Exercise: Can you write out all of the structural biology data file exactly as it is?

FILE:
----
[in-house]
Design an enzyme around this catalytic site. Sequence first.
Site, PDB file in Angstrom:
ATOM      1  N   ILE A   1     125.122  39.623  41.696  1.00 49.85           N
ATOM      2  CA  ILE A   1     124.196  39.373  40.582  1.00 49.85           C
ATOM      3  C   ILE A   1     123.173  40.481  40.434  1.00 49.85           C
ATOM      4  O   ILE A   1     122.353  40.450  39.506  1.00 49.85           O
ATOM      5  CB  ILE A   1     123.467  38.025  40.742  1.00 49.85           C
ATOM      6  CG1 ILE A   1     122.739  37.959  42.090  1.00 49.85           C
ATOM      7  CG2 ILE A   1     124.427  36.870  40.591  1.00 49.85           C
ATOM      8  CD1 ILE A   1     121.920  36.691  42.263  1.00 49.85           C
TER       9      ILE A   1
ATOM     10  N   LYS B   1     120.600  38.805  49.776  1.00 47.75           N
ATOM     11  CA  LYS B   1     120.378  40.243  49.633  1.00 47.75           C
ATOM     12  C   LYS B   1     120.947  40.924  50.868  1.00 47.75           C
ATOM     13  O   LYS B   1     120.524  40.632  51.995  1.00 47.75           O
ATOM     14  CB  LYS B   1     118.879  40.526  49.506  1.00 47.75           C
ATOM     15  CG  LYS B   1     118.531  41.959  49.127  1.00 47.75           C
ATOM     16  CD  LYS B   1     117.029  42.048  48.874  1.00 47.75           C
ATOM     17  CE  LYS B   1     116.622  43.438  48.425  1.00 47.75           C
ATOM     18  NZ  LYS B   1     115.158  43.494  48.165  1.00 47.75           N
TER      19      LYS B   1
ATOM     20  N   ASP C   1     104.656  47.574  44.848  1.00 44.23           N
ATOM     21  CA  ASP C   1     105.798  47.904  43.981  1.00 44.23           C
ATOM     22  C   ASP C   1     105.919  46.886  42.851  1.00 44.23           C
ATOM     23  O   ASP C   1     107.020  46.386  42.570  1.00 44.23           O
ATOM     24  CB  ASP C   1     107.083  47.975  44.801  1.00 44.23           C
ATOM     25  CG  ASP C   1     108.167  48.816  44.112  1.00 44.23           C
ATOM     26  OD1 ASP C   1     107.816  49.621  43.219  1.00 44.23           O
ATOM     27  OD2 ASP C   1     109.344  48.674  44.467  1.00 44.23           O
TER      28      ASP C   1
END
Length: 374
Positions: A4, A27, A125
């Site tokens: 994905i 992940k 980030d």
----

[in-house]
Design an enzyme around this catalytic site. Sequence first.
Site, PDB file in Angstrom:
ATOM      1  N   ILE A   1     125.122  39.623  41.696  1.00 49.85           N
ATOM      2  CA  ILE A   1     124.196  39.373  40.582  1.00 49.85           C
ATOM      3  C   ILE A   1     123.173  40.481  40.434  1.00 49.85           C
ATOM      4  O   ILE A   1     122.353  40.450  39.506  1.00 49.85           O
ATOM      5  CB  ILE A   1     123.467  38.025  40.742  1.00 49.85           C
ATOM      6  CG1 ILE A   1     122.739  37.959  42.090  1.00 49.85           C
ATOM      7  CG2 ILE A   1     124.427  36.870  40.591  1.00 49.85           C
ATOM      8  CD1 ILE A   1     121.920  36.691  42.263  1.00 49.85           C
TER       9      ILE A   1
ATOM     10  N   LYS B   1     120.600  38.805  49.776  1.00 47.75           N
ATOM     11  CA  LYS B   1     120.378  40.243  49.633  1.00 47.75           C
ATOM     12  C   LYS B   1     120.947  40.924  50.868  1.00 47.75           C
ATOM     13  O   LYS B   1     120.524  40.632  51.995  1.00 47.75           O
ATOM     14  CB  LYS B   1     118.879  40.526  49.506  1.00 47.75           C
ATOM     15  CG  LYS B   1     118.531  41.959  49.127  1.00 47.75           C
ATOM     16  CD  LYS B   1     117.029  42.048  48.874  1.00 47.75           C
ATOM     17  CE  LYS B   1     116.622  43.438  48.425  1.00 47.75           C
ATOM     18  NZ  LYS B   1     115.158  43.494  48.165  1.00 47.75           N
TER      19      LYS B   1
ATOM     20  N   ASP C   1     104.656  47.574  44.848  1.00 44.23           N
ATOM     21  CA  ASP C   1     105.798  47.904  43.981  1.00 44.23           C
ATOM     22  C   ASP C   1     105.919  46.886  42.851  1.00 44.23           C
ATOM     23  O   ASP C   1     107.020  46.386  42.570  1.00 44.23           O
ATOM     24  CB  ASP C   1     107.083  47.975  44.801  1.00 44.23           C
ATOM     25  CG  ASP C   1     108.167  48.816  44.112  1.00 44.23           C
ATOM     26  OD1 ASP C   1     107.816  49.621  43.219  1.00 44.23           O
ATOM     27  OD2 ASP C   1     109.344  48.674  44.467  1.00 44.23           O
TER      28      ASP C   1
END
Length: 374
Positions: A4, A27, A125
């Site tokens: 994905i 992940k 980030d």